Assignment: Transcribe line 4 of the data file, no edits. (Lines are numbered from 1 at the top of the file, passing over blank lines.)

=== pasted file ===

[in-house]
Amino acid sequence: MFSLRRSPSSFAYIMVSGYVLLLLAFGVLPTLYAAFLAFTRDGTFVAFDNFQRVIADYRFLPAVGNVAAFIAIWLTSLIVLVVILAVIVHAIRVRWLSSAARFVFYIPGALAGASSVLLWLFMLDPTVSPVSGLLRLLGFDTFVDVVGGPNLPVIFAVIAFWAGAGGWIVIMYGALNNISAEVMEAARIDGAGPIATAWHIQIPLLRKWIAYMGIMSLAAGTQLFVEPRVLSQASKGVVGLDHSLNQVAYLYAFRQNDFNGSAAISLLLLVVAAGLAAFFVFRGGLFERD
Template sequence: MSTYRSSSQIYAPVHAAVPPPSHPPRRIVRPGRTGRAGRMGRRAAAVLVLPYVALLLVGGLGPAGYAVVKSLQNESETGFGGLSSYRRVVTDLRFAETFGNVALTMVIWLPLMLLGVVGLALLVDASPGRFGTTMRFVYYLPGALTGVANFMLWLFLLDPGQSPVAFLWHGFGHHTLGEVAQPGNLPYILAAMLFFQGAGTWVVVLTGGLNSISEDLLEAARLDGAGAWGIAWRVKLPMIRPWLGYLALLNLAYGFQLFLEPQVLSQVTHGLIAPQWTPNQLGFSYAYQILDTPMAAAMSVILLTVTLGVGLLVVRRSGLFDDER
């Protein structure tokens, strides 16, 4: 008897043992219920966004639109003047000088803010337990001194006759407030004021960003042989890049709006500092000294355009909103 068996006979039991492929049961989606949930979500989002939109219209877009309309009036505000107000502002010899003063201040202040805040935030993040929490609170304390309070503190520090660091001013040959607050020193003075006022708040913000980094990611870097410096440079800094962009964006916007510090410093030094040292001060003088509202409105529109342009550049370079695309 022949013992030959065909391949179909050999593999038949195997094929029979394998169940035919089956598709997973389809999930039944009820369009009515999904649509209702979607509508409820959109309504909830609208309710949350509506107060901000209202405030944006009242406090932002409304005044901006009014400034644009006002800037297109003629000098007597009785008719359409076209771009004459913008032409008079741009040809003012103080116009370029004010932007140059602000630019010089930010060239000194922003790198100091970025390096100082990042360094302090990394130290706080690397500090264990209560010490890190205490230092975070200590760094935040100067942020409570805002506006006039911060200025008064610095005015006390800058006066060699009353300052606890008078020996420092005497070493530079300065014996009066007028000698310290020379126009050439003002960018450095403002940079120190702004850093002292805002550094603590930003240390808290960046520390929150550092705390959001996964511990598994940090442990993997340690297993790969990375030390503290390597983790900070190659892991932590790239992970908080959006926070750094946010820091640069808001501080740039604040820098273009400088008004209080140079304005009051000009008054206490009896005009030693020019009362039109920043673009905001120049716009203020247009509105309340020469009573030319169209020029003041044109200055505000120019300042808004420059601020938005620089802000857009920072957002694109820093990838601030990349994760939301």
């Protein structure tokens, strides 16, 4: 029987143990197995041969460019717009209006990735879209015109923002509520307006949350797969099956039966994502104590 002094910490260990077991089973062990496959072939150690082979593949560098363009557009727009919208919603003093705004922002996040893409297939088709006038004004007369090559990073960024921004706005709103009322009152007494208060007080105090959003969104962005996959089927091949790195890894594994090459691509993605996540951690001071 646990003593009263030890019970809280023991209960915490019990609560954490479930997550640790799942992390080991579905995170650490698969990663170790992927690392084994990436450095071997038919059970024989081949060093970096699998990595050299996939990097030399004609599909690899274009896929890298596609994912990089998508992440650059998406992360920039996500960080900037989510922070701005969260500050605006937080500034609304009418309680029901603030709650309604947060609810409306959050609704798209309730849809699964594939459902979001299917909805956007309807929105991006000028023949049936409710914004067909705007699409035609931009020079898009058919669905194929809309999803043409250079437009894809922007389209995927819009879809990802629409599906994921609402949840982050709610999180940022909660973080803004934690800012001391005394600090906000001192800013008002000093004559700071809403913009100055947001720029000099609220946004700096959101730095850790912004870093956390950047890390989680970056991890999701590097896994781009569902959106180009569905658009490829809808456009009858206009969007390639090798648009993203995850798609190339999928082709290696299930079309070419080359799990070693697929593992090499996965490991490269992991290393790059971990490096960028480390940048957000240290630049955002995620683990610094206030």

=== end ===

């Protein structure tokens, strides 16, 4: 008897043992219920966004639109003047000088803010337990001194006759407030004021960003042989890049709006500092000294355009909103 068996006979039991492929049961989606949930979500989002939109219209877009309309009036505000107000502002010899003063201040202040805040935030993040929490609170304390309070503190520090660091001013040959607050020193003075006022708040913000980094990611870097410096440079800094962009964006916007510090410093030094040292001060003088509202409105529109342009550049370079695309 022949013992030959065909391949179909050999593999038949195997094929029979394998169940035919089956598709997973389809999930039944009820369009009515999904649509209702979607509508409820959109309504909830609208309710949350509506107060901000209202405030944006009242406090932002409304005044901006009014400034644009006002800037297109003629000098007597009785008719359409076209771009004459913008032409008079741009040809003012103080116009370029004010932007140059602000630019010089930010060239000194922003790198100091970025390096100082990042360094302090990394130290706080690397500090264990209560010490890190205490230092975070200590760094935040100067942020409570805002506006006039911060200025008064610095005015006390800058006066060699009353300052606890008078020996420092005497070493530079300065014996009066007028000698310290020379126009050439003002960018450095403002940079120190702004850093002292805002550094603590930003240390808290960046520390929150550092705390959001996964511990598994940090442990993997340690297993790969990375030390503290390597983790900070190659892991932590790239992970908080959006926070750094946010820091640069808001501080740039604040820098273009400088008004209080140079304005009051000009008054206490009896005009030693020019009362039109920043673009905001120049716009203020247009509105309340020469009573030319169209020029003041044109200055505000120019300042808004420059601020938005620089802000857009920072957002694109820093990838601030990349994760939301």